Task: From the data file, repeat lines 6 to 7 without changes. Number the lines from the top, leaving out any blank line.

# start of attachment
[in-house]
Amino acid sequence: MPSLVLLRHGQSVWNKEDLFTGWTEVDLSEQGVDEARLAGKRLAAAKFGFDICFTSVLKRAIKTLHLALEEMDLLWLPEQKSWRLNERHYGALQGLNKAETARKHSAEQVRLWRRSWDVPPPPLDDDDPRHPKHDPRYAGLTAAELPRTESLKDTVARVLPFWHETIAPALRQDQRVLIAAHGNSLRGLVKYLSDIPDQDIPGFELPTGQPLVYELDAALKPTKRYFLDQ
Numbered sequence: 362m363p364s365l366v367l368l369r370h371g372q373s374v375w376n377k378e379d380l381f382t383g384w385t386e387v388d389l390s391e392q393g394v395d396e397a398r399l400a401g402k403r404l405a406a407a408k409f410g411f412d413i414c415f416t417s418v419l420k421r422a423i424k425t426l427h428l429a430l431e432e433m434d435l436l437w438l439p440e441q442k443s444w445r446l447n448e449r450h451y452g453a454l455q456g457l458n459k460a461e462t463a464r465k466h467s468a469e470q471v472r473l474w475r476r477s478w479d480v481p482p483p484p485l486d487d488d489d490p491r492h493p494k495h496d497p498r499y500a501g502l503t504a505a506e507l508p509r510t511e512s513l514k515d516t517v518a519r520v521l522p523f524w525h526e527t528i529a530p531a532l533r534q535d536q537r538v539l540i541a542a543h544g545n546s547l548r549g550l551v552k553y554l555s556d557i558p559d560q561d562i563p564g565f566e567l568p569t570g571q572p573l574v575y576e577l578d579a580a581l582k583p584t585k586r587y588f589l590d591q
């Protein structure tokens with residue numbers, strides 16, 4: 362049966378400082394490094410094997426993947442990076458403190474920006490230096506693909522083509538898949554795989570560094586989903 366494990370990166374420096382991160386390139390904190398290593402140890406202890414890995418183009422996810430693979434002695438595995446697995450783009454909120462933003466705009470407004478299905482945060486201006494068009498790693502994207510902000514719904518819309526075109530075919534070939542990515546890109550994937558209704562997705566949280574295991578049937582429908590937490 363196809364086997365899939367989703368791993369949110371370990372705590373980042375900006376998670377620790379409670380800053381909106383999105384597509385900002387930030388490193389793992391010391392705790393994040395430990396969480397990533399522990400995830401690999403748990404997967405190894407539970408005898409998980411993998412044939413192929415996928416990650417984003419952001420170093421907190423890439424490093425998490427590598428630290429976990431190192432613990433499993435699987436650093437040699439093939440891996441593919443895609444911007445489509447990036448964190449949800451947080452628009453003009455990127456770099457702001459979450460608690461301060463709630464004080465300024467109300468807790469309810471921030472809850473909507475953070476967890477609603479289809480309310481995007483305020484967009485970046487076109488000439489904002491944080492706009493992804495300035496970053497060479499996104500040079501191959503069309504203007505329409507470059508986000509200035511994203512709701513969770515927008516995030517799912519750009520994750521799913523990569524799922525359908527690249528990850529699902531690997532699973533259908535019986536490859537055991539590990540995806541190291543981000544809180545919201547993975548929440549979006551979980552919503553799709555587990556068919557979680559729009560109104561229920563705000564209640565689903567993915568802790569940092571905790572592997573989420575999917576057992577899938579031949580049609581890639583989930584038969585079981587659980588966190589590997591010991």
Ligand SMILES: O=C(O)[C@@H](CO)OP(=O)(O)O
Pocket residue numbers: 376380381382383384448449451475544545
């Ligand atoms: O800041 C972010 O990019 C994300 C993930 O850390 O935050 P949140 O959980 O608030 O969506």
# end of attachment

Pocket residue numbers: 376380381382383384448449451475544545
């Ligand atoms: O800041 C972010 O990019 C994300 C993930 O850390 O935050 P949140 O959980 O608030 O969506």